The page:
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Introduction to Pentane

Pentane c5h12 is a hydrocarbon (alkane) having five-carbon and twelve hydrogen atoms. This chemical compound is non-polar since all of its atoms possess nearly similar values of electronegativity. That's the very reason why it's not soluble in water or aqueous solutions. It's a volatile agent and is found as a naturally occurring product.

Isomers of Pentane

It contains three structural isomers including neopentane, isopentane, and n-pentane.

The formulas of these three isomers of pentane are as follows

H3C-CH2-CH2-CH2-CH3 (n-pentane)
H3C-CH(CH3)-CH2-CH3 (iso-pentane)
H3C-C(CH3)3 (neo-Pentane)

Before going into details about the properties of each isomer of pentane, let's recall the concept of isomerism.

What is Isomerism?

Isomerism refers to the phenomenon whereby two chemical compounds have the same chemical formula, with the same kind and number of atoms, but different structural formulas. Due to different structural formulas, their physical properties are also getting different from each other. The molecules that show this phenomenon are called isomers.

We can also define isomers as the chemical compounds having the same chemical formula but differ from each other concerning the arrangement of atoms and properties, which are called isomers.

Types of Isomerism

While studying the phenomenon of isomerism, we encounter two types of isomers; stereoisomers and structural isomers. Stereoisomers are identical to each other in their chemical formulas but different concerning the orientations of their atoms in three-dimensional space. Under this category of stereoisomerism, we also study three more types of isomers named geometrical isomerism, ionization isomerism, and optical isomerism.

On the other hand, the structural isomers are those compounds having the same chemical formula but differ in the arrangements of their atoms or functional groups in two-dimensional space. Under this category, we study five more types of isomers named chain isomers, functional isomers, position isomers, tautomers, and metamers.

Properties of N-Pentane

n-Pentane is a highly volatile but colorless liquid that is also water-soluble. We get n-Pentane by the fractional distillation of petroleum products. At low concentrations, it forms a flammable and explosive mixture with the surrounding air. On the other hand, at high concentrations, it is used as a narcotic.

Speaking of its uses then most of the n-Pentane of the world is utilized in the manufacturing of gasoline to ignite combustion engines. In addition to this, it is also used widely in low-temperature thermometers and extraction processes, as a solvent.

The molecular weight of n-Pentane is 721.151K whereas its critical density is 273.3 kg/m3. Likewise, the boiling point of n-Pentane is 309.2K and its melting point is 143.4 K.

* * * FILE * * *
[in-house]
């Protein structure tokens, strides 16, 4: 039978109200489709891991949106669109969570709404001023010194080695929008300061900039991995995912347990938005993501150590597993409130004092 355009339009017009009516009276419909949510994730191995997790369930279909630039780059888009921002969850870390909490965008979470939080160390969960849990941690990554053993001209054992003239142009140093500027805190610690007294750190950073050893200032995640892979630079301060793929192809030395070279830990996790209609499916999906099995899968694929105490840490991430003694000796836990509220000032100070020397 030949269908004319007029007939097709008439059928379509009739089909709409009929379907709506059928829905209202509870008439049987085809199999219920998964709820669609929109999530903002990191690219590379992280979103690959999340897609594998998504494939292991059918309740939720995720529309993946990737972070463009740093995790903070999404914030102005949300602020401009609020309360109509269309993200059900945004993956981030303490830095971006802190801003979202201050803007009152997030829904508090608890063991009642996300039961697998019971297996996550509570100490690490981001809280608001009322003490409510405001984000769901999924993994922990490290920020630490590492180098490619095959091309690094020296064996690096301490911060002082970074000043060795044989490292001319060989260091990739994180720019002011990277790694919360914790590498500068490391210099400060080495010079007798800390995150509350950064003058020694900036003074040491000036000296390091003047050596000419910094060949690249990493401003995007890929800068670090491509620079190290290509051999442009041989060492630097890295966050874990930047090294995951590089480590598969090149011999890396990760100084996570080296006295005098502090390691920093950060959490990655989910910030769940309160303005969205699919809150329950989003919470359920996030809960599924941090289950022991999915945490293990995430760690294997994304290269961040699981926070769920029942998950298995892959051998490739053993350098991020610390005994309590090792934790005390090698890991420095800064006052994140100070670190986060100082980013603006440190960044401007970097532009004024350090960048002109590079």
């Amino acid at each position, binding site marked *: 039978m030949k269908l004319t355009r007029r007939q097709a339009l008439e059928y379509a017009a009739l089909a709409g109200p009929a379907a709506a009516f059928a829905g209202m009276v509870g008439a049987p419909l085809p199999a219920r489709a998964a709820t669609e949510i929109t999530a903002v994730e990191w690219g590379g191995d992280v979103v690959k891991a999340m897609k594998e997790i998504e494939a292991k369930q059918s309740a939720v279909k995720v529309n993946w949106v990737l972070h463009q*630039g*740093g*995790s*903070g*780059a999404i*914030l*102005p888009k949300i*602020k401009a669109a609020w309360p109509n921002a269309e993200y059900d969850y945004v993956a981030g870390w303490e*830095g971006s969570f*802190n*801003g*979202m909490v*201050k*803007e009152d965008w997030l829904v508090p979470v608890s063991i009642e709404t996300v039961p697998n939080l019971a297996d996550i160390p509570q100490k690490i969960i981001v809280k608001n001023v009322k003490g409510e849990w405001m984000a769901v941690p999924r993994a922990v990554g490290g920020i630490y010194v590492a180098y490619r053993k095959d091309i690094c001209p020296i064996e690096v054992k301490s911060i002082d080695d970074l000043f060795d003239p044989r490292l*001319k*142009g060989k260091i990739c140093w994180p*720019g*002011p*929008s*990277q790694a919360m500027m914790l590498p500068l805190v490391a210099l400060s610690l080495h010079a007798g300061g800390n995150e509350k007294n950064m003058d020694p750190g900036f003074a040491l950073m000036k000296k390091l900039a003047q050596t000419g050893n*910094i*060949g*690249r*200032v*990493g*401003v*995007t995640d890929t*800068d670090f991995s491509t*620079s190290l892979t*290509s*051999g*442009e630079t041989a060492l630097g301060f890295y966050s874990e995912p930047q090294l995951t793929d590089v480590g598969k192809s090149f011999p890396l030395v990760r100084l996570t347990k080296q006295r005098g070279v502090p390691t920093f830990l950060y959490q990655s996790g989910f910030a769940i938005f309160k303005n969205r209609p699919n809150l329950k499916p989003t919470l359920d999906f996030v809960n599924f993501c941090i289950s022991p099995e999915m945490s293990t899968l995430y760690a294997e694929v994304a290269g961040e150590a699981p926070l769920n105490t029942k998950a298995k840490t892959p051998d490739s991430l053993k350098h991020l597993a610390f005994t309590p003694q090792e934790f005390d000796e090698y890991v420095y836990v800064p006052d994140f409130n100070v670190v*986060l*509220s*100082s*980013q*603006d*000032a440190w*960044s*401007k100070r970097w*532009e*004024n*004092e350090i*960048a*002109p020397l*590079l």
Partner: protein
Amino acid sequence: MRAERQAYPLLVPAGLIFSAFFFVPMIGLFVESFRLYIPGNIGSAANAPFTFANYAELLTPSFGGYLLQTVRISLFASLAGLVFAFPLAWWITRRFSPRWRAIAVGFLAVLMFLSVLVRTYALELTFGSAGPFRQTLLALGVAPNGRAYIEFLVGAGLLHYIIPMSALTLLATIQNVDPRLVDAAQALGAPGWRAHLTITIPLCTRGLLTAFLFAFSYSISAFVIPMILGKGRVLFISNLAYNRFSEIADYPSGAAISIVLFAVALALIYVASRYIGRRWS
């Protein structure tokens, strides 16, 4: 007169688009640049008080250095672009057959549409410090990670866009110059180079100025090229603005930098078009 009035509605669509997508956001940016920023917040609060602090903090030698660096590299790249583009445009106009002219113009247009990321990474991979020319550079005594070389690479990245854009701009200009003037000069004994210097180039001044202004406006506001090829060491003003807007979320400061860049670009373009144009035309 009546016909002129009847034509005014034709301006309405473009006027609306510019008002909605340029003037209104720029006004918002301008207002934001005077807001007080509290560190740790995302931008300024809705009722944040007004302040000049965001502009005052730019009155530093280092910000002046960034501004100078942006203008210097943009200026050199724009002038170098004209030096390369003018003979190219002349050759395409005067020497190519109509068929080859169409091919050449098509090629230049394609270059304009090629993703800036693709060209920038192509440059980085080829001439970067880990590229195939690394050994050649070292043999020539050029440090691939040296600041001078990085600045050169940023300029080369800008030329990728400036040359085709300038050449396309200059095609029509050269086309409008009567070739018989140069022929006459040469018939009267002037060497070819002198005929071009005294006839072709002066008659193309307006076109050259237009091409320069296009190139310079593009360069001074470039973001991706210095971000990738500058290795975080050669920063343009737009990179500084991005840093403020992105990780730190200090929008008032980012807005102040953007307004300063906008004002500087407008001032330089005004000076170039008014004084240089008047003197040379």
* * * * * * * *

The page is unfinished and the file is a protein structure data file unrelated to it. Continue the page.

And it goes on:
Properties of Iso-Pentane

Iso-pentane is a watery, colorless, and volatile liquid that possesses a gasoline odor. It's a branched-chain alkane, having five carbon atoms in it. It's also called 2-methyl butane or methyl butane. At room temperature and standard atmospheric pressure, it acts as an extremely flammable liquid and the least dense chemical.

That's why the normal boiling point of iso-pentane is just a few degrees higher than normal room temperature. So, if you place iso-pentane openly on a warm day, it will evaporate in a fraction of seconds.

Speaking of its usage then isopentane is mostly used to attain the temperature of liquid bath (-160°C), with liquid nitrogen. Also, isopentane exists naturally since it forms 1% of natural gas. In this way, it forms a major portion (about 30%) of natural gas.

Properties of Neo-Pentane

Neo-Pentane is a double-branched chain that is also called 2,2-dimethylpropane. At room temperature and standard atmospheric pressure, it acts as a flammable gas that can be condensed on a highly cold day, or in ice baths, or when compressed at the lowest temperature and highest pressures, into an extremely volatile liquid.

The boiling point of neopentane is significantly lower than the other two isomers (only 9.5°C). That's the very reason why neopentane is always a gas at STP and room temperature whereas the other two isomers (iso and n-pentane) are liquids. On the other hand, the melting point of this isomer is higher than both isopentane and n-pentane - -16.6°C.

Just like pentane, neopentane is also a part of petroleum mixtures and is a significant component of gasoline and petroleum raw materials like crude oil. It is used as a gas blending agent.

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